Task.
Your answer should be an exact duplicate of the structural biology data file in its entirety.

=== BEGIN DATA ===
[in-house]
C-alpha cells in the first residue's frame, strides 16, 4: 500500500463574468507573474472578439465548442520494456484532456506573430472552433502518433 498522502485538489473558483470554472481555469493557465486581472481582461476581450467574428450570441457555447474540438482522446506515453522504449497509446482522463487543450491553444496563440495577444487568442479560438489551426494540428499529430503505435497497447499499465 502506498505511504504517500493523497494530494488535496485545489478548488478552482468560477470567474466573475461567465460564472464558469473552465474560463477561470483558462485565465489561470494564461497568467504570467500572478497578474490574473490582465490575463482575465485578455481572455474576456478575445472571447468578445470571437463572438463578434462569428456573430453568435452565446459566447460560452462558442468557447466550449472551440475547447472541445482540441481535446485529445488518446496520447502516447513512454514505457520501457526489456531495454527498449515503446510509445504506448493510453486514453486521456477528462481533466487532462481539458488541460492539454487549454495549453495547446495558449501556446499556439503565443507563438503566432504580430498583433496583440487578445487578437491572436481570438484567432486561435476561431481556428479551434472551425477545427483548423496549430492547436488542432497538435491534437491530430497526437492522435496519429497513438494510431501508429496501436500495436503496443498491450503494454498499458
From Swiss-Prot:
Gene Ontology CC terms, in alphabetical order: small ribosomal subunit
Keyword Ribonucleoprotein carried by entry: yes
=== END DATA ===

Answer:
[in-house]
C-alpha cells in the first residue's frame, strides 16, 4: 500500500463574468507573474472578439465548442520494456484532456506573430472552433502518433 498522502485538489473558483470554472481555469493557465486581472481582461476581450467574428450570441457555447474540438482522446506515453522504449497509446482522463487543450491553444496563440495577444487568442479560438489551426494540428499529430503505435497497447499499465 502506498505511504504517500493523497494530494488535496485545489478548488478552482468560477470567474466573475461567465460564472464558469473552465474560463477561470483558462485565465489561470494564461497568467504570467500572478497578474490574473490582465490575463482575465485578455481572455474576456478575445472571447468578445470571437463572438463578434462569428456573430453568435452565446459566447460560452462558442468557447466550449472551440475547447472541445482540441481535446485529445488518446496520447502516447513512454514505457520501457526489456531495454527498449515503446510509445504506448493510453486514453486521456477528462481533466487532462481539458488541460492539454487549454495549453495547446495558449501556446499556439503565443507563438503566432504580430498583433496583440487578445487578437491572436481570438484567432486561435476561431481556428479551434472551425477545427483548423496549430492547436488542432497538435491534437491530430497526437492522435496519429497513438494510431501508429496501436500495436503496443498491450503494454498499458
From Swiss-Prot:
Gene Ontology CC terms, in alphabetical order: small ribosomal subunit
Keyword Ribonucleoprotein carried by entry: yes